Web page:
Alberta and B.C. share a common border (one of the wildest most scenic places on earth), but according to common wisdom, not much else.
One province is a self-styled individualistic get-it-done place with low taxes, while the other is often called the left coast, where it is said any riding that touches water (and there are a lot of them) votes NDP or Green. Their economies are intertwined, but the two provinces actually share more than just trade and tourism opportunities and a common border.
As 2022 draws to a close, the political situation in both provinces is in a state of flux that is eerily similar in some ways. Elected premiers have been replaced by a relatively small number of party members, and general elections are on the near horizon. Alberta will vote in May 2023 and in B.C. it could happen anytime, but at most within the next 20 months.
In Alberta, Jason Kenney, the beleaguered leader of the United Conservative Party (a newly branded entity less than five years old), has been replaced by former talk show host and Wildrose Party leader Danielle Smith. Smith is finding out that the skill set required to be a radio host (saying whatever pops into your head and courting controversy at every turn) does not translate well into the role of provincial premier.
Another talk show host turned premier was B.C.’s Christy Clark, who relied more on charm than shock tactics to lead the BC Liberals to victory in two elections (2011-2017). Now the BC Liberal Party has decided, based on feedback from 8,000 party members, to change its name to BC United. Yes, just like the moniker for many soccer clubs. Their new leader, Kevin Falcon, has his work cut out for him to chip away at the NDP’s sizeable lead in public opinion, averaging around 15 percentage points in 2022.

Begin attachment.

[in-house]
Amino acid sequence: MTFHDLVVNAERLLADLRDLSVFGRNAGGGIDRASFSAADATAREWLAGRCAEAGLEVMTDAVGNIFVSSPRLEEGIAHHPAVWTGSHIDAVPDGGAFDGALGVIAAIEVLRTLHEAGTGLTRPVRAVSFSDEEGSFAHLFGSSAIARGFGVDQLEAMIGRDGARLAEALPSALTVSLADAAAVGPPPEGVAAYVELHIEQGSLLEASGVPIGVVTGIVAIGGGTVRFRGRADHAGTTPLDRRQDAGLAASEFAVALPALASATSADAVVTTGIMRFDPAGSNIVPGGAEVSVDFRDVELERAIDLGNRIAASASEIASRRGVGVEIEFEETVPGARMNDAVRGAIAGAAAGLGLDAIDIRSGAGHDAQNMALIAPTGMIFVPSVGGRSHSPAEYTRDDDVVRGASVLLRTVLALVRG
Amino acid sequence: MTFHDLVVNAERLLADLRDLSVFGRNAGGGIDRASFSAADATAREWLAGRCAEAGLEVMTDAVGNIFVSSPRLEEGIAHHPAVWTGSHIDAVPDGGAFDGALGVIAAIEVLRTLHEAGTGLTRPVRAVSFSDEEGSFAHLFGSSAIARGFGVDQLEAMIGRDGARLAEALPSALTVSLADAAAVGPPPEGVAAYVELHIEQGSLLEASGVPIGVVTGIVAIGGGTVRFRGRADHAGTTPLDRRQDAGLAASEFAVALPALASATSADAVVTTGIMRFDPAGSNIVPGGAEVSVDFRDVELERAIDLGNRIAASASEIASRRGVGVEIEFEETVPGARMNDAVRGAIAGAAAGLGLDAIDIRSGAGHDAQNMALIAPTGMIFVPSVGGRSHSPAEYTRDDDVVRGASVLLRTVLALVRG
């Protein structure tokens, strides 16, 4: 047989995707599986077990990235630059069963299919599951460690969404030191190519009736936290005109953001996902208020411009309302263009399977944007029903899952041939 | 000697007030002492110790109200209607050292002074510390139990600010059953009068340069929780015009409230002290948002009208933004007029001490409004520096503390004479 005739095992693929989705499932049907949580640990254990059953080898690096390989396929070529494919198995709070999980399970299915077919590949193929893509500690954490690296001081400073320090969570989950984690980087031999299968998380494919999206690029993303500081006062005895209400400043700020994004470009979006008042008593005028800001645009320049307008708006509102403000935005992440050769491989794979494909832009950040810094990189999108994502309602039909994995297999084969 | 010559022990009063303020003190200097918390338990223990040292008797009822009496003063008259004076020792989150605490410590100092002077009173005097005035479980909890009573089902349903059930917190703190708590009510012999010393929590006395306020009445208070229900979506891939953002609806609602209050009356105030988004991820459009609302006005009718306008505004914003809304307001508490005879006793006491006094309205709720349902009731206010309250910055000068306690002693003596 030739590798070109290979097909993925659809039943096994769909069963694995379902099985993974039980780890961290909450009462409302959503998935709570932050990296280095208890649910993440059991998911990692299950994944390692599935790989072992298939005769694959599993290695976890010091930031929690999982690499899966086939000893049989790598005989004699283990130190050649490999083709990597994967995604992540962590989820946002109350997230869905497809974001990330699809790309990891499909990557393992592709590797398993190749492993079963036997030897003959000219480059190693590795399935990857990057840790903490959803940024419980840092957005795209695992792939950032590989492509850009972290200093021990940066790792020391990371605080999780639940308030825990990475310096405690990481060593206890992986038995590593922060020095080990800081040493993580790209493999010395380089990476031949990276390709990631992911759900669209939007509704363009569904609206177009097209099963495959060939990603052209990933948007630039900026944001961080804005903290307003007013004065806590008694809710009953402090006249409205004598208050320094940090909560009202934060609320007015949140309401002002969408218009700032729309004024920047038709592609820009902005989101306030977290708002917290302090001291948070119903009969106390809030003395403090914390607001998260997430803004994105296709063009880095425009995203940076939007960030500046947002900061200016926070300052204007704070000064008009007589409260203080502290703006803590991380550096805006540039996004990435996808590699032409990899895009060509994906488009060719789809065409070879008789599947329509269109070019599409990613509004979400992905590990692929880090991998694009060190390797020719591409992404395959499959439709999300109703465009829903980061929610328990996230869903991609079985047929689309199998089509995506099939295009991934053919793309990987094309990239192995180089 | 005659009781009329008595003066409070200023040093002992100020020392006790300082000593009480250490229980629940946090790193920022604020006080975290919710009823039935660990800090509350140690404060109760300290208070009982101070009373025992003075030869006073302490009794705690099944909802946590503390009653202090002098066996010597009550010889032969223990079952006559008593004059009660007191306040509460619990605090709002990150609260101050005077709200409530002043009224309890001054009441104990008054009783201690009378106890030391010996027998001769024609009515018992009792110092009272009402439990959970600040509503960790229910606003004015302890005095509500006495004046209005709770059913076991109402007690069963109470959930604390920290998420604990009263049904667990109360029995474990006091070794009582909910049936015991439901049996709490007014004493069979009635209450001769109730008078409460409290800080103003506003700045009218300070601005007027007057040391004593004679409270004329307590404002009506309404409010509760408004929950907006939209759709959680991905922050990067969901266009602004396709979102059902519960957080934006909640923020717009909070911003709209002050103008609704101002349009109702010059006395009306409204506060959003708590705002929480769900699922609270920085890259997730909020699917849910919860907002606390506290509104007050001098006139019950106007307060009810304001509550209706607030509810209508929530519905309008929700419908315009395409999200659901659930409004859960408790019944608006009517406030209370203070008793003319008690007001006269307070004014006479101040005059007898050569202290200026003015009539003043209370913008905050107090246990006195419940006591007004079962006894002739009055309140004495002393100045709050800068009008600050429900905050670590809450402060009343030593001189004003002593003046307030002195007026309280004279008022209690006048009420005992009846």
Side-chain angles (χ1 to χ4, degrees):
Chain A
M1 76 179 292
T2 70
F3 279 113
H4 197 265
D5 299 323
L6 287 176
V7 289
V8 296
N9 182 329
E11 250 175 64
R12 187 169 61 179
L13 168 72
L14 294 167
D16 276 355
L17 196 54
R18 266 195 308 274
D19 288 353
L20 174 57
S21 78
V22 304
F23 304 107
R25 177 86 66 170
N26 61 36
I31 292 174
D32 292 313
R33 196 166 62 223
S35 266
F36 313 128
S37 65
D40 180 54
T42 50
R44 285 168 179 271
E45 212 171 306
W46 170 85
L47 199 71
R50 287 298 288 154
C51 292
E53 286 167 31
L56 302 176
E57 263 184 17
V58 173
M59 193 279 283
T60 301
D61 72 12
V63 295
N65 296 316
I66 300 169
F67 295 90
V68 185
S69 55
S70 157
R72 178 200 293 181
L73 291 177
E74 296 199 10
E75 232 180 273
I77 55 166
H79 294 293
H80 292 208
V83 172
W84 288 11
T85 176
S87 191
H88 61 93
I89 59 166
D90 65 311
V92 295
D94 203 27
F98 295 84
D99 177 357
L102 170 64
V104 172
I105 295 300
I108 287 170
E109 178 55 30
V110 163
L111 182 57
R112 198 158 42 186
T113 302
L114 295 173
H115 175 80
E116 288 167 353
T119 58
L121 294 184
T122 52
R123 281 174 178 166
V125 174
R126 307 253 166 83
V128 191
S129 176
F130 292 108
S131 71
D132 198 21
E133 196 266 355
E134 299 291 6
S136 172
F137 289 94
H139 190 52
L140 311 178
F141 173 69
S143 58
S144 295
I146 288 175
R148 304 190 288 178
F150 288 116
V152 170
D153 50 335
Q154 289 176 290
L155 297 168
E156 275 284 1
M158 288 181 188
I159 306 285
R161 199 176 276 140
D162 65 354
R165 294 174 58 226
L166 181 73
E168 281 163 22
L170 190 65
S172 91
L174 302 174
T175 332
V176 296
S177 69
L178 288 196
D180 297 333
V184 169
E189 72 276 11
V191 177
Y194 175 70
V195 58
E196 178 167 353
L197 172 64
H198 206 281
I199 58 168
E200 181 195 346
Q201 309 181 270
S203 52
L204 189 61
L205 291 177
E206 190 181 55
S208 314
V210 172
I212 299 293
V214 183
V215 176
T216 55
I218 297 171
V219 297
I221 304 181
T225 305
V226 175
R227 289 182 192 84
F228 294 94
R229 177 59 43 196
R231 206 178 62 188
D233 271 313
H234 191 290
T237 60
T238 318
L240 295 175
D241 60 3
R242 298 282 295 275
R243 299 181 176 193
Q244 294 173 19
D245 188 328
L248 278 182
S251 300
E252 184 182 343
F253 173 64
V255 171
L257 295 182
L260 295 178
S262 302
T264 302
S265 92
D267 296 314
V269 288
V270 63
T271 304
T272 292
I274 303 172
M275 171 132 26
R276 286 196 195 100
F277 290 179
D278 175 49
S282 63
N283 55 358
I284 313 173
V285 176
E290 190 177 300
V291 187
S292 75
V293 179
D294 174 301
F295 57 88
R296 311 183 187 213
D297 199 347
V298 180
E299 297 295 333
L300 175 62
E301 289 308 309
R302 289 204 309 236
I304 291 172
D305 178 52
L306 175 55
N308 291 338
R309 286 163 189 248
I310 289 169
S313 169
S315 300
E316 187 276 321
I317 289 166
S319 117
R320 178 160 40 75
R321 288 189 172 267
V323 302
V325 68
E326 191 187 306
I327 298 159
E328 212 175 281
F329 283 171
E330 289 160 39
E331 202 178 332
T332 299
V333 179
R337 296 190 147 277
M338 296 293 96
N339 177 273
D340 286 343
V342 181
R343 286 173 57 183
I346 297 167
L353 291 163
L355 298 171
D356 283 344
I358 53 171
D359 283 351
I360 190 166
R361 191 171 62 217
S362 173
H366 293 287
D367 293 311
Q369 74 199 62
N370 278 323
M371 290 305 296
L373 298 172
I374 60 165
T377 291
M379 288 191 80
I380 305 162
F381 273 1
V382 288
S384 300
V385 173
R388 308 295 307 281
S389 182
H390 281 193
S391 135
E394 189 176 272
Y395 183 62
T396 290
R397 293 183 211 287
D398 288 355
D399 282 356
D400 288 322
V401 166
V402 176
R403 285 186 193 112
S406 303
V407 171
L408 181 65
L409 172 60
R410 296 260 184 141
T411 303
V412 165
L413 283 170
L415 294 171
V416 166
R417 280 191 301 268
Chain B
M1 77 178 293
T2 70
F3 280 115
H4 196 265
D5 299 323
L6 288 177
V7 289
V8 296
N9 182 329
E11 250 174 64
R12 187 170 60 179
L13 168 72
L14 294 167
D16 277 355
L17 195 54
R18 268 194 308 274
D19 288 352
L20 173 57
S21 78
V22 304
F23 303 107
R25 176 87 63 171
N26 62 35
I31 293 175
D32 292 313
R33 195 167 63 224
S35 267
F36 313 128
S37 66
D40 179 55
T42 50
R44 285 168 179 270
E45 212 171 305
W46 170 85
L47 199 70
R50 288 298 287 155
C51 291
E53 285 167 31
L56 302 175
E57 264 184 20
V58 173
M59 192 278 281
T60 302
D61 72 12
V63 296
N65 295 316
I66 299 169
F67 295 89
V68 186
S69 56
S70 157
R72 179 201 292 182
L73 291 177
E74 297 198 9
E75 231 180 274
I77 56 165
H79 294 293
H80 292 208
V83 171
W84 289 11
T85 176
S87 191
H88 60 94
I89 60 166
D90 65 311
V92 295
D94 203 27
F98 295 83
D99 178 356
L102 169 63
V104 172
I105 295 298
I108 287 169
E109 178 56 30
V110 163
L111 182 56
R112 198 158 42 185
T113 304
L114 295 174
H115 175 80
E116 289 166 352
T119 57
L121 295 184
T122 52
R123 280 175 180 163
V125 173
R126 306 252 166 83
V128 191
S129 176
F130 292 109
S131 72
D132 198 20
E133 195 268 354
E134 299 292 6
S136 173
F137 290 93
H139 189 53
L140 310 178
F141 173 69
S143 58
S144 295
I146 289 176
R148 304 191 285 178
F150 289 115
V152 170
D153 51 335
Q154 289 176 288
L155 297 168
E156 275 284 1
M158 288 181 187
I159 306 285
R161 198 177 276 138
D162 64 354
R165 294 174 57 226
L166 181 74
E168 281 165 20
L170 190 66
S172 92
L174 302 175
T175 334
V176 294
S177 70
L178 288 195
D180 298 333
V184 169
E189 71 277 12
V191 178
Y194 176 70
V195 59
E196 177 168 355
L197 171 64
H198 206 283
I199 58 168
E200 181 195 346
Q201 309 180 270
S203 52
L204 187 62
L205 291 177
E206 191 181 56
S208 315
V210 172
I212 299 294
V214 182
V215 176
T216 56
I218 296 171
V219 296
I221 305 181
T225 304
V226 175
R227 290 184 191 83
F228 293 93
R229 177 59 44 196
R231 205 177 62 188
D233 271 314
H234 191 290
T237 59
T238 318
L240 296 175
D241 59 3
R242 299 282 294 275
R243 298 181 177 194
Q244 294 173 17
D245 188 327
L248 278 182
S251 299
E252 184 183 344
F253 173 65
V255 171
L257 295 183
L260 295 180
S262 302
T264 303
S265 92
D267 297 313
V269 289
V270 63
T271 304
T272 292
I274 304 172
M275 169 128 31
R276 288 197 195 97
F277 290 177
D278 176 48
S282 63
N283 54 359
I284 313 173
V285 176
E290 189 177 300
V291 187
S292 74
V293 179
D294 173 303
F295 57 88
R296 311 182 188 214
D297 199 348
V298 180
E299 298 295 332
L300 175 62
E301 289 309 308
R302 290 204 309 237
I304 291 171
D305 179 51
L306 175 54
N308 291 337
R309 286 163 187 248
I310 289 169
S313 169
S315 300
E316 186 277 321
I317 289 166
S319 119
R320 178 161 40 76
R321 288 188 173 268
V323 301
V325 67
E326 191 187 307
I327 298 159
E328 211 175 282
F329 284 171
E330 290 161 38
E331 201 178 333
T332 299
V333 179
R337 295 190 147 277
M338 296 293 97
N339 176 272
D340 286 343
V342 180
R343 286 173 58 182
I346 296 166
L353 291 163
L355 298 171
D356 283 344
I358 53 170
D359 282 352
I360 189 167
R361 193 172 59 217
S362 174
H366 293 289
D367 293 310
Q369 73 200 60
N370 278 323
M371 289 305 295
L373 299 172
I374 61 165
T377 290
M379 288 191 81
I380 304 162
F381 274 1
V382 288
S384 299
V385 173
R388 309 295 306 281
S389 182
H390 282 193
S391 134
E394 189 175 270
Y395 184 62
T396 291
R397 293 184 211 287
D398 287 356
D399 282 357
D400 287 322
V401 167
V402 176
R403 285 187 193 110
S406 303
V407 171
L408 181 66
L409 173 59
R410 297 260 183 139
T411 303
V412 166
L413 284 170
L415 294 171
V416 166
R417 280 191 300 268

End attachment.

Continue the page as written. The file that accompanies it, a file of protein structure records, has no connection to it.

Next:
Both provinces have new premiers and new parties, but they face some of the same challenges and they have surprisingly similar opportunities. The first challenge of the governing parties is branding of their new leaders. Fortunately, there are billions of dollars in opportunities that provincial surpluses in BC and Alberta present to each new leader.
NDP leader David Eby must fully introduce himself to British Columbia voters, without the benefit of a leadership contest after the party disqualified the only other challenger for the post. Announcing a $5-billion surplus is a good way to begin branding yourself as Premier, but it will be tough to fill the shoes of popular outgoing Premier John Horgan.
In Danielle Smith’s case, she also requires branding, after the ousting of disgraced UCP leader Jason Kenney.
It will help that the Alberta treasury is overflowing with cash from the oilsands, a windfall many decades in the making as the proportion of royalties paid to the province shifted upward. Smith requires re-branding, not an introduction, and the UCP needs to find a way to make her well-known qualities as a provocateur palatable to most Albertans.
It’s no wonder they keep trying to instigate a big fight with the federal government, whether it’s the new hastily drafted Sovereignty Act or taking a stand against prosecuting violators of new federal firearms legislation.
We may not think and vote the same way, but in 2023 B.C. and Alberta voters will see some of the same political forces playing out: operating surpluses will be generously deployed to cast their new premiers in a good light, in advance of provincial elections. A happy new year perhaps for pundits and strategists. But who knows, maybe the largesse will be spread around?
Bruce Cameron has been a pollster and strategist for over 35 years, working initially for Gallup Polls, Decima Research and the Angus Reid Group before founding his own consultancy, Return On Insight.